Garsington Opera is on a roll with an atmospheric Orfeo – review
A message came out before the first night of this Orpheus inviting the public to wear white rather than the standard black tie. The Getty Estate in Wormsley, where the Garsington Opera is based, has a renowned cricket ground, so was Monteverdi’s opera going to be staged as a match with everyone in cricket white? Maybe Orfeo could be a beater for a duck and sent to hell as punishment.
In this case, that was not the plan. John Caird’s beautiful and atmospheric production, designed by Robert Jones, begins with an idyllic country scene, where barefoot singers, dancers and musicians, all dressed in white, come together on stage, as if in a community of innocence.
This is another solid production to kick off the summer opera festival season. After Glyndebourne’s invigorating Ethel Smyth cover The Wreckersfrom Garsington Orpheuswhich has the expert English Concert as its instrumental ensemble, is among the best.
Simple is good in this first opera that we see regularly today. The Arcadian vision of youths frolicking around a pond greets the audience as they enter the theatre. It’s the beginning of a journey where white clothes gradually turn black. As Orfeo soars into the underworld, the gates of hell open and the welcoming pond turns into the hellish waters of the River Styx. Charon transports his passengers in a funeral boat, made up of three women in black. How easy it can be to create magic even on an open stage, if there is the imagination to do so.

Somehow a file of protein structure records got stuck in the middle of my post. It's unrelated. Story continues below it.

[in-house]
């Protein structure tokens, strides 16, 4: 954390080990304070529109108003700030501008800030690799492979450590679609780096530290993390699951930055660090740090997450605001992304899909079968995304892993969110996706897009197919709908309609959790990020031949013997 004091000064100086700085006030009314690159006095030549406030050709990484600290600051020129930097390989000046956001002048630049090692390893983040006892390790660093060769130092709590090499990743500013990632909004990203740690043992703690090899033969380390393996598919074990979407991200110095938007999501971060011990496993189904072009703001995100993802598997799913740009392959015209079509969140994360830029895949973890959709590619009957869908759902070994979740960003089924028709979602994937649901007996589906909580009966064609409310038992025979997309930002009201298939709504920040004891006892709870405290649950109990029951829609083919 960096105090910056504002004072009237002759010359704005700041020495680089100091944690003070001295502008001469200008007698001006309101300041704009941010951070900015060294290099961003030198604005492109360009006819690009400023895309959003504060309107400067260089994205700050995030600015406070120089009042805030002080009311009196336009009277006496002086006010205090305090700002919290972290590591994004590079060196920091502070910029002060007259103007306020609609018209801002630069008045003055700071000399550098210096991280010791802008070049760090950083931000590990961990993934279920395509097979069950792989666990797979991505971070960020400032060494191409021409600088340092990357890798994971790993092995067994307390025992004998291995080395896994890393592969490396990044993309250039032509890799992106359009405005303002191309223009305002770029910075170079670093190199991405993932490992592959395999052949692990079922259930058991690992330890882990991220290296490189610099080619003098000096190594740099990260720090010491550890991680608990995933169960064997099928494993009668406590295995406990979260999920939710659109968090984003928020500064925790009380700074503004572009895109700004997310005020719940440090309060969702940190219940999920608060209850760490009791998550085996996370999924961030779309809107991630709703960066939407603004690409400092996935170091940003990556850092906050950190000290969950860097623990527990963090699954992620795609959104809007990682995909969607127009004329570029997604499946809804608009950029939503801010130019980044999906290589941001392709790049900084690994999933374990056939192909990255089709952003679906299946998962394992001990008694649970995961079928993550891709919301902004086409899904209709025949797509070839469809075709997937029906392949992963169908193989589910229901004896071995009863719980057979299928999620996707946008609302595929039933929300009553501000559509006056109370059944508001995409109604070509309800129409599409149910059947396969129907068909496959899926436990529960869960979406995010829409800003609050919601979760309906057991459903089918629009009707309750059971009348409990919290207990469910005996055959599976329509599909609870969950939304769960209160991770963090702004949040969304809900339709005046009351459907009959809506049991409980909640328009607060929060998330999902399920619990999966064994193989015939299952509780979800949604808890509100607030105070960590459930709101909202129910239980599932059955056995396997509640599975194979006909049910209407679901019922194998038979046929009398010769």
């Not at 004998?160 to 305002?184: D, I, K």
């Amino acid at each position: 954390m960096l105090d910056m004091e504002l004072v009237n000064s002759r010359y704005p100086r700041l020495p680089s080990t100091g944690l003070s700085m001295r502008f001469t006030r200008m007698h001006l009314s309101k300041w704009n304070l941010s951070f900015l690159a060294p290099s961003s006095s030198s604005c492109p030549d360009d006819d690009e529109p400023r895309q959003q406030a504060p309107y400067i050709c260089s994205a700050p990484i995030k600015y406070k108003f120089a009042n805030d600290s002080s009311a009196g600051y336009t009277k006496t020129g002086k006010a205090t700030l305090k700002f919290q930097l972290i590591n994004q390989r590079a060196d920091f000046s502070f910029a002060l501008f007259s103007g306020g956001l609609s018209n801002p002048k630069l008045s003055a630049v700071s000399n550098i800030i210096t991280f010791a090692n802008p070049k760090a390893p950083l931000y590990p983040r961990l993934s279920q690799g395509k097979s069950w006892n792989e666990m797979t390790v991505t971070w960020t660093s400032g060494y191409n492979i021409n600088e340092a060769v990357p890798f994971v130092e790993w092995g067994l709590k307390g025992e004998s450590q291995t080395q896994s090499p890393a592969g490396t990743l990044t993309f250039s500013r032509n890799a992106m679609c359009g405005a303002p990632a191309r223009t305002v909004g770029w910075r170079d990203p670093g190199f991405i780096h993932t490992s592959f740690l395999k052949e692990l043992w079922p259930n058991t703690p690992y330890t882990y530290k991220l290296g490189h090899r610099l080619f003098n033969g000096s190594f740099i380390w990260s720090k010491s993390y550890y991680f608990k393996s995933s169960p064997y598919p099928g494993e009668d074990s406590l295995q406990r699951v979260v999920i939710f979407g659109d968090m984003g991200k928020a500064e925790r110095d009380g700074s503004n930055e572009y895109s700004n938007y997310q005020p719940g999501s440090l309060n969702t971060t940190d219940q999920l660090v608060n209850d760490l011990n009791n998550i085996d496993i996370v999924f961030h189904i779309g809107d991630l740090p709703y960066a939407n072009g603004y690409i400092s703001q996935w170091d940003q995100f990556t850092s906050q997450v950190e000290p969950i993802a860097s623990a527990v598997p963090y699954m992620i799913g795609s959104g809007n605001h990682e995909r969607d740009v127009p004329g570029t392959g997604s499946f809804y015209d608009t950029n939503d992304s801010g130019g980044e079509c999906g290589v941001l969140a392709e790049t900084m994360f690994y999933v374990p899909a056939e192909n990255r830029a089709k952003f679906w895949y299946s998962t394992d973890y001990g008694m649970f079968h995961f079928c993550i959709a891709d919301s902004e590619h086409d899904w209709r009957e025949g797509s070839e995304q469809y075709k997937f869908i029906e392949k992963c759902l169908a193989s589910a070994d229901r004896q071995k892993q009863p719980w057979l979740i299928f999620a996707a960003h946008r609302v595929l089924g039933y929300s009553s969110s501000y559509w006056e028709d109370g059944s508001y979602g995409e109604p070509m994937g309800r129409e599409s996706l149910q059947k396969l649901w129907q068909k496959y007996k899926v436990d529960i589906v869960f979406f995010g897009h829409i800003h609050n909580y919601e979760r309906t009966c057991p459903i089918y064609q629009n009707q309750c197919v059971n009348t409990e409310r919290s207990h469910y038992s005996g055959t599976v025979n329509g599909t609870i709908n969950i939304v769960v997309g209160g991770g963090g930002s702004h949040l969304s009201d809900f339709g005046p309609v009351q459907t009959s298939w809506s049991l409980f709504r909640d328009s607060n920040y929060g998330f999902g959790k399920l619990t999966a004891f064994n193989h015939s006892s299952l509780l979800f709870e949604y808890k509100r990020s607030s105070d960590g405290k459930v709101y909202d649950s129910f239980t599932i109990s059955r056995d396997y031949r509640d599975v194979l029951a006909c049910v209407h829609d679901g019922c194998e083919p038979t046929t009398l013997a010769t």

An interesting feature of the production is how the singers and dancers merge into one company. That includes Ed Lyon in the title role, who frolics and pirouettes with the best of them. Drawing on his experience in this repertoire, he composed a strong Orfeo, not always soft, but drawing from the Italian text the widest possible range of passion and tragedy.
Surrounding him is an attractive cast, led by Zoe Drummond’s sweet Eurydice. Ossian Huskinson makes a sepulchral-voiced Pluto, god of the underworld, and it’s good to hear Diana Montague still ringing in a fresh voice as the Messenger.
One last surprise awaits you. At the end, conductor Laurence Cummings leaves his position as harpsichordist and takes the stage to sing Apollo. (He’s not the first to do it: the late Anthony Rolfe Johnson, a supreme Orfeo in his day, performed the same double act when he was conducting a production at the Opera Theater in St. orchestra while the opera Deus Ex machine.)
After a scintillating Rosenkavalier last year, Garsington seems to be on a roll. Offstage, the big ambition is the new arts centre, providing rehearsal studios and performance space for community work. Half of the funds have been raised and building work has begun, as Garsington Opera lays a permanent foundation for its future.
As of July 3, garsingtonopera.org